In that first encounter it was a horseback chase of a coach driven by Grilsha. I set up a road map and some minis and off we went. My fine ideas about rolling terrain were swiftly forgotten in the heat of combat. In fact, my map and mini choices became moot early on as the entire party boarded the coach to engage the vampire in melee. Essentially we played out the whole combat on a post-it note! The guys got right into the swing of things. We had jumping from horseback, a dominated druid, a goliath smashing through the roof, wizards falling from the coach and a vampire wrestling a dragonborn. Very Eberron, very cool. The bad guy went gaseous at just the right time and we wrapped up the first of many encounters with him satisfied and hungry for more. This was also the first of what turned out to be a very unlucky string of rolls for Julio’s barbarian. I don’t  think he scored double digits in the whole encounter, and things would not  improve for a while yet. 

The action shifted to the city of Trollanport in the gnomish nation of Zilargo. When I hear ‘gnome’ I see a little statue in a garden with a fishing rod. I think it’s a British thing. Just can’t take them seriously, and neither can the other guys. I deliberately didn’t add in any pictures at this point as it would have only worsened the issue. Best to just move on before the sniggering started getting out of hand. Description wise I just had ‘venice’ in my notes, and that was enough to get across the character of the city in short order. The next hour was spent gathering leads and working out ways of tracking the vampire. The end result was that he was likely to be at a masked ball later that night in the Aundairian embassy. Now, I wish I’d recorded this hour of play. It was a great example of ‘roleplaying’. Every roll was backed up with some in character narration. There were cunning plans hatched. There was surveillance. There was magic, but it didn’t overshadow player skill. PC backgrounds came out in play, which is where it really matters. I loved it. There are many who think roleplay is harder or even missing in 4e. It’s an understandable viewpoint in pure theory. In practice, at the table, its a criticism that doesn’t hold up. When Dan’s character was busy dancing the caravan at the ball, with the goliath dutifully filling in her dance card, and the bard getting the skinny from a drunk clerk who’d got in on his bosses +1, and the intelligence agencies of 3 nations were all evaluating the situation, that’s when I thought this was gaming at it’s finest. When the party realised that Dan’s masked dancing partner was in fact the vampire himself, that’s when the game became priceless. Queue the stand off as a dozen weapons were produced from an array of creative hiding places. Roll initiative!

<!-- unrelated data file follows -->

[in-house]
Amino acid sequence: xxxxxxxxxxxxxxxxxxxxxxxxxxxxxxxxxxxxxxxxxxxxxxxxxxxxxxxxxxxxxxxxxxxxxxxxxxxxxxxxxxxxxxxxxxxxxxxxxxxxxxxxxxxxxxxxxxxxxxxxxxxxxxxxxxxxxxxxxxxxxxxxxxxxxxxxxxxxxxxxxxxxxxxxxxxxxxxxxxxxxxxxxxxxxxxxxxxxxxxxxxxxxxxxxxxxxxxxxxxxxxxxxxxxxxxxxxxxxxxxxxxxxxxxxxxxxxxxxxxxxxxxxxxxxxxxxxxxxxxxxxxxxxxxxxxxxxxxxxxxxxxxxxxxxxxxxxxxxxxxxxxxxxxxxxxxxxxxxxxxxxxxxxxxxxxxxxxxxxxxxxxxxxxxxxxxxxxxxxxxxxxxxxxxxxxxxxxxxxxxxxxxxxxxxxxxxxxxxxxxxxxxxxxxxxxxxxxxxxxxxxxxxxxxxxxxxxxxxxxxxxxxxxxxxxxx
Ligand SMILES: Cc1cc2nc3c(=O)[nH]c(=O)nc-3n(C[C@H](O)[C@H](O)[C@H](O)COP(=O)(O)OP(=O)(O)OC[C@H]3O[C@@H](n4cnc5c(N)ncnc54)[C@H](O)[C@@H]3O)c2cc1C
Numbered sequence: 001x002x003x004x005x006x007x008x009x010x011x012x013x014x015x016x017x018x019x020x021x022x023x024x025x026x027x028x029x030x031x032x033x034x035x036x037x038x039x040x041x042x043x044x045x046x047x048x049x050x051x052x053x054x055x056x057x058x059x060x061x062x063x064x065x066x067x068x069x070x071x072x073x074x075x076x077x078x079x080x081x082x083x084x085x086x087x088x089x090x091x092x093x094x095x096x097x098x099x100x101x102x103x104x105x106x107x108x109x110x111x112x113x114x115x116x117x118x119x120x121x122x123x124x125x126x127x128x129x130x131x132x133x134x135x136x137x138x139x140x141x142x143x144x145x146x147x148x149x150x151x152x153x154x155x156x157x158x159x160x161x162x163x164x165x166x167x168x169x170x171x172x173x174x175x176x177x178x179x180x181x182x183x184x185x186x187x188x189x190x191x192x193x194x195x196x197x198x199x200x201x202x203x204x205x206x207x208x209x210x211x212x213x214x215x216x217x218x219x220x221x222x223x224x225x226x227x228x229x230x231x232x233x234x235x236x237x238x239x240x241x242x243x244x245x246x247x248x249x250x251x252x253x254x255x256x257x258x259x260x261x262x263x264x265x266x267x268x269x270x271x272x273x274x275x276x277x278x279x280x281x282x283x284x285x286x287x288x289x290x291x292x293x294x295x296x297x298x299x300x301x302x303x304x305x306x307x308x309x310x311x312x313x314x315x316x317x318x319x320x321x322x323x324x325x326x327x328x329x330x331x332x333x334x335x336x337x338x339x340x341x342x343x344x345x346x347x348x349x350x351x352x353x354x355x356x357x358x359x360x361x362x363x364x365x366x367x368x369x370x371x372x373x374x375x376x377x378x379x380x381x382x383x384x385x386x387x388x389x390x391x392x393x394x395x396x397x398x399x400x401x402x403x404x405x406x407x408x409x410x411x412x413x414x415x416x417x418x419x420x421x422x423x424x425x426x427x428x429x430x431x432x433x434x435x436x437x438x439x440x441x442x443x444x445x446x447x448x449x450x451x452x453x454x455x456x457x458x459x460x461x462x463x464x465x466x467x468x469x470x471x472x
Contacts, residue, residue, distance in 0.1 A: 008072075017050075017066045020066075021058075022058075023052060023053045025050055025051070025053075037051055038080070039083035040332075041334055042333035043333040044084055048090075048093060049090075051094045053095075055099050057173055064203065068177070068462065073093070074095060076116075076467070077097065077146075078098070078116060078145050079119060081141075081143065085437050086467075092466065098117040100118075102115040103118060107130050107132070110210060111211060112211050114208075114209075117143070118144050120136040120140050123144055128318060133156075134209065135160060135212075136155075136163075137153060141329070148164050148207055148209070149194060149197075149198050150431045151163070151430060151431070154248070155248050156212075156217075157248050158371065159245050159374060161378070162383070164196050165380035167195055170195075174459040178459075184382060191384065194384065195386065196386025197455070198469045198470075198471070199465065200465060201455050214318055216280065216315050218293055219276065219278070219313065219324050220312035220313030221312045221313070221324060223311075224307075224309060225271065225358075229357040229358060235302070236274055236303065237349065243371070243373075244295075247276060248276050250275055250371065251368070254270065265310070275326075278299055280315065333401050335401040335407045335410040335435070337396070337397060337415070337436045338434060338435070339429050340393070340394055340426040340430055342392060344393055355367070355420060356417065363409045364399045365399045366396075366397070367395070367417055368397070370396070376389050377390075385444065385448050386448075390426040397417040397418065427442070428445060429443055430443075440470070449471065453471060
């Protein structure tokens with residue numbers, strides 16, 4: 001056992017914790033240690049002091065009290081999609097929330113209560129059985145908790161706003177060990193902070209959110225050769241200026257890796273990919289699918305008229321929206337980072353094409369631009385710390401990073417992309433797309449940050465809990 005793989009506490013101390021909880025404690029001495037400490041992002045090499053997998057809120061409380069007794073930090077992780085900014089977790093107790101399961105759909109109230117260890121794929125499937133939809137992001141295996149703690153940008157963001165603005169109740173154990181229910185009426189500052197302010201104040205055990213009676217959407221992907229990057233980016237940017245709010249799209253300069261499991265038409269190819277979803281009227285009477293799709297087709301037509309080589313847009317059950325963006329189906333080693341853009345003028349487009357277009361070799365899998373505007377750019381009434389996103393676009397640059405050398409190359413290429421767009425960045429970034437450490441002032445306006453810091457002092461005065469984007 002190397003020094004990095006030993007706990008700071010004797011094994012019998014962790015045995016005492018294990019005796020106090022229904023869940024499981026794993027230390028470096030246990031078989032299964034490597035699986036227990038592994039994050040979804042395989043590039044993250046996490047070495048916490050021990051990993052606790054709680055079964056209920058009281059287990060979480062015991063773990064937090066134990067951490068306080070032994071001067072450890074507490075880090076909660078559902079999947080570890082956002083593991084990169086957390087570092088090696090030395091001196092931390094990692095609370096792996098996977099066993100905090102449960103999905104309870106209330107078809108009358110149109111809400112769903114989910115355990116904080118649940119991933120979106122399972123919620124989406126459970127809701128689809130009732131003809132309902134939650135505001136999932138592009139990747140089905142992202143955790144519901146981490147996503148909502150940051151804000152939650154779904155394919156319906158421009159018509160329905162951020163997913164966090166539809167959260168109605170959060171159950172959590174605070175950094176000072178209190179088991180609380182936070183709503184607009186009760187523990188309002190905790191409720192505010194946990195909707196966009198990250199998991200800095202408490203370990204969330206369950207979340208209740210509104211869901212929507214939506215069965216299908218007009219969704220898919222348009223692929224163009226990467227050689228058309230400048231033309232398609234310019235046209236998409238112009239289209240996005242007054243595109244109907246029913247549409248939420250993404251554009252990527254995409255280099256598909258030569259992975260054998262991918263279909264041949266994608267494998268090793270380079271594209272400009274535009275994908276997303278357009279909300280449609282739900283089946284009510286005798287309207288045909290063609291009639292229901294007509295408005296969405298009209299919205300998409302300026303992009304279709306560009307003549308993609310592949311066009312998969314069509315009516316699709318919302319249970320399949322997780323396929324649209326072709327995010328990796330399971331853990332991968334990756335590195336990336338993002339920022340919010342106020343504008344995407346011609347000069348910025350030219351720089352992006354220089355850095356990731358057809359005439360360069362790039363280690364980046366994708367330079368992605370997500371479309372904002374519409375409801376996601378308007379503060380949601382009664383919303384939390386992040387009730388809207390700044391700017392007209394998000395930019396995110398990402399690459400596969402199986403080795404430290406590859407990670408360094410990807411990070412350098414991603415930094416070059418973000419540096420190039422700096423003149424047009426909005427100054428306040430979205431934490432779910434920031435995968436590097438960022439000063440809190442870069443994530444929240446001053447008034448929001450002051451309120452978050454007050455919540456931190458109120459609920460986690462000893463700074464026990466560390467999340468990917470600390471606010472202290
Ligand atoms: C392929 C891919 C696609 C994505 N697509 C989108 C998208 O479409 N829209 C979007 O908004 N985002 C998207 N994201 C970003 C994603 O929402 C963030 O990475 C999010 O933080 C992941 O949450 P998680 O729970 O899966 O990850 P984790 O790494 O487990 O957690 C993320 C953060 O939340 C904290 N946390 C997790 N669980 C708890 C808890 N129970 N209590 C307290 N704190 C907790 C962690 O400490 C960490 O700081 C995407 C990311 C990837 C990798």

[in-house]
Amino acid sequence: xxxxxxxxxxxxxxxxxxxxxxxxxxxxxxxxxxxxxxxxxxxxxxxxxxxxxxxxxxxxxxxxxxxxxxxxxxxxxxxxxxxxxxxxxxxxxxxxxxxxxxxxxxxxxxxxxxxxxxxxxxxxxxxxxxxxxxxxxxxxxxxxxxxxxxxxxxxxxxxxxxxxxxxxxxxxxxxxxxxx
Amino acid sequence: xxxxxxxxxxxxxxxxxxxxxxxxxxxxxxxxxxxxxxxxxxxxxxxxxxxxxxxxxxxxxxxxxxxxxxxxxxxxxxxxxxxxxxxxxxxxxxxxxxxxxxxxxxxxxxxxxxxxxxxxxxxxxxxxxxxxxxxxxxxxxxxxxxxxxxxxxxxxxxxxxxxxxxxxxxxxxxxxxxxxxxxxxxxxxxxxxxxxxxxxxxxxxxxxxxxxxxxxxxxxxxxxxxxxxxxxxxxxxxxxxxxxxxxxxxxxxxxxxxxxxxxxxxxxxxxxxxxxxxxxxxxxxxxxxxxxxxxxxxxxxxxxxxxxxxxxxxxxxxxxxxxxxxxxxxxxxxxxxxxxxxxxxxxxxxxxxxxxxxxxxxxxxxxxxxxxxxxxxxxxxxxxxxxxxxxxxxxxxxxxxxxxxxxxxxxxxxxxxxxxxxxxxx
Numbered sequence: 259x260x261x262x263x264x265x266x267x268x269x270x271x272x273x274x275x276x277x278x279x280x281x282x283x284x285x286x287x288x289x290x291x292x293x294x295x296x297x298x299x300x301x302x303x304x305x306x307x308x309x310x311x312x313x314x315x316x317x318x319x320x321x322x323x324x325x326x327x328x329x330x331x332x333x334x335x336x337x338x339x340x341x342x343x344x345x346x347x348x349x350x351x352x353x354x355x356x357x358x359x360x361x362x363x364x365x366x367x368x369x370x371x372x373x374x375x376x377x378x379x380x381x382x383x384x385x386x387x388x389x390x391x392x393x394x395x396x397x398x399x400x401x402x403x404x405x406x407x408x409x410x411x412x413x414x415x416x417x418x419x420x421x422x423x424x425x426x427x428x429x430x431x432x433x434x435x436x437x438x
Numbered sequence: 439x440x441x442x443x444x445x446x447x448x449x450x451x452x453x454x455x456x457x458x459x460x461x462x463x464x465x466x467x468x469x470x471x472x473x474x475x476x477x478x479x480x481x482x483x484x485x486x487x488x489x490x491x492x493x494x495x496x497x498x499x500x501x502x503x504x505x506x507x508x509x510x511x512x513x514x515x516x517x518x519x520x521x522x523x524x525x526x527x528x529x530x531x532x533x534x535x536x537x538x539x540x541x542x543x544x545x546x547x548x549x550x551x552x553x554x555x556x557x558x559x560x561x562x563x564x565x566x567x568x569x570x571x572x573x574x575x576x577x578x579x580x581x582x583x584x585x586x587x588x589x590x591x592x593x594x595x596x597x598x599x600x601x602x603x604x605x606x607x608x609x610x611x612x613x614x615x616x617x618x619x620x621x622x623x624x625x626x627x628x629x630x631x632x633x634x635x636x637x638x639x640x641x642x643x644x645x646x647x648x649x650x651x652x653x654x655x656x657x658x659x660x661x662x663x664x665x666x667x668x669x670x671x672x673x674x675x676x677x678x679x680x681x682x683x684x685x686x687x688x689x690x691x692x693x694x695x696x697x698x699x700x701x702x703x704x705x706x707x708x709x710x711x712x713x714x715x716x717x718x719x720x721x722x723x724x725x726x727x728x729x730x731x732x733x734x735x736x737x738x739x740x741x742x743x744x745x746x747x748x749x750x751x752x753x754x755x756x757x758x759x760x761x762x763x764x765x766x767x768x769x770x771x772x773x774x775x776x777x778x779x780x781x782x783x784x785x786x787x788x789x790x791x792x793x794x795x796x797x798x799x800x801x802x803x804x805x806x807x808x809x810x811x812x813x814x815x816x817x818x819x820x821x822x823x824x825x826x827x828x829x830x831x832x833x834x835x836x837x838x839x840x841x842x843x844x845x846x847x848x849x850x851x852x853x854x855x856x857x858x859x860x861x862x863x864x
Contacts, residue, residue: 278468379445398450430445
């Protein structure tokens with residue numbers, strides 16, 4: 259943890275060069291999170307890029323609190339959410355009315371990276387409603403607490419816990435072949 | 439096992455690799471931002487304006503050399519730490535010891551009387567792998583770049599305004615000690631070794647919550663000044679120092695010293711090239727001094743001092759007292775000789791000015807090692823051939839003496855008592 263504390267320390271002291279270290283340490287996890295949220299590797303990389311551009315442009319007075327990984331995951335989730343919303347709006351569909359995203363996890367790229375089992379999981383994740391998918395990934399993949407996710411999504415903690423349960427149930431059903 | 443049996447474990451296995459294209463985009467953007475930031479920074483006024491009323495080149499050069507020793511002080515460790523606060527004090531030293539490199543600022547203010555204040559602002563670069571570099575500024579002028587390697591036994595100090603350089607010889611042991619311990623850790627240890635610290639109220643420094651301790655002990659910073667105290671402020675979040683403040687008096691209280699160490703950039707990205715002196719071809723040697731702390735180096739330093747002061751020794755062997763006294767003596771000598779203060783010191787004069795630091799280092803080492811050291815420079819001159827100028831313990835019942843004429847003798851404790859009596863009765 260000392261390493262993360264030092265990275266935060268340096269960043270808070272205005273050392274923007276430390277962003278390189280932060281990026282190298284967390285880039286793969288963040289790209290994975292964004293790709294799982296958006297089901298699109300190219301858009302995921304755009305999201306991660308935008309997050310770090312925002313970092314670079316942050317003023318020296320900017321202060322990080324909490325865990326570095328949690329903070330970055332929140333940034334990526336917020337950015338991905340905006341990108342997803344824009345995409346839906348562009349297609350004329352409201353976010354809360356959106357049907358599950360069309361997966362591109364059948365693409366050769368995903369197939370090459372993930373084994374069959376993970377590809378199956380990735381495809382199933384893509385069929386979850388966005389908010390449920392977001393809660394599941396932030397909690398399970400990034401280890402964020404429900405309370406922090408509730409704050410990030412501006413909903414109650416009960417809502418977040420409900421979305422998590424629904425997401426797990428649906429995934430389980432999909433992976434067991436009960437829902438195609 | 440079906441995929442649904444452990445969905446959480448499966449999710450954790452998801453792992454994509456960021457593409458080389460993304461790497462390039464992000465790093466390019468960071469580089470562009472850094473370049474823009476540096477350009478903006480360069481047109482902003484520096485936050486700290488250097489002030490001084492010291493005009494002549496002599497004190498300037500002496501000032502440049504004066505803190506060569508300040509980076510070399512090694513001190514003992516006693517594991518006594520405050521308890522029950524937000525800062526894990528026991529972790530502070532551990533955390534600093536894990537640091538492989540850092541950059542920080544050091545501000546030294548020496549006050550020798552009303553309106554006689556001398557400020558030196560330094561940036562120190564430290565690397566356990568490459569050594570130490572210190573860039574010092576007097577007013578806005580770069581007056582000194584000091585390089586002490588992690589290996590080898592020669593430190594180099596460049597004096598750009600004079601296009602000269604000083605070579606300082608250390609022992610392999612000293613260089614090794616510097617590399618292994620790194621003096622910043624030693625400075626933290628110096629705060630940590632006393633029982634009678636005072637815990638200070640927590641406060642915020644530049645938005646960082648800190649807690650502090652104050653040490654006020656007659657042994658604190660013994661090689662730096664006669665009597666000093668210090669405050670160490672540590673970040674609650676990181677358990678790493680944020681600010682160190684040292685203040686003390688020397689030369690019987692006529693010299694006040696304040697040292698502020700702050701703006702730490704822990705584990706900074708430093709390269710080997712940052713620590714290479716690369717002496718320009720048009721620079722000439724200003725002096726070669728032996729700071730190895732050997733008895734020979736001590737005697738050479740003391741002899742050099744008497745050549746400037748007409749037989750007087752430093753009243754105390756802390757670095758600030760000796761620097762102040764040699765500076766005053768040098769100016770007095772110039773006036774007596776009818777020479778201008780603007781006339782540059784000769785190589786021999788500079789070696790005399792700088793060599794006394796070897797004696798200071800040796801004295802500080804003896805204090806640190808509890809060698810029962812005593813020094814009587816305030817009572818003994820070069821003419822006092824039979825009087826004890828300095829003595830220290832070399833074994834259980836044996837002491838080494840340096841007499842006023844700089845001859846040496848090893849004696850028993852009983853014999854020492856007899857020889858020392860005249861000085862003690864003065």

Right, this has turned into an enormous post. More next time.

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  1. Pingback: LemurCon report II « Treehouse: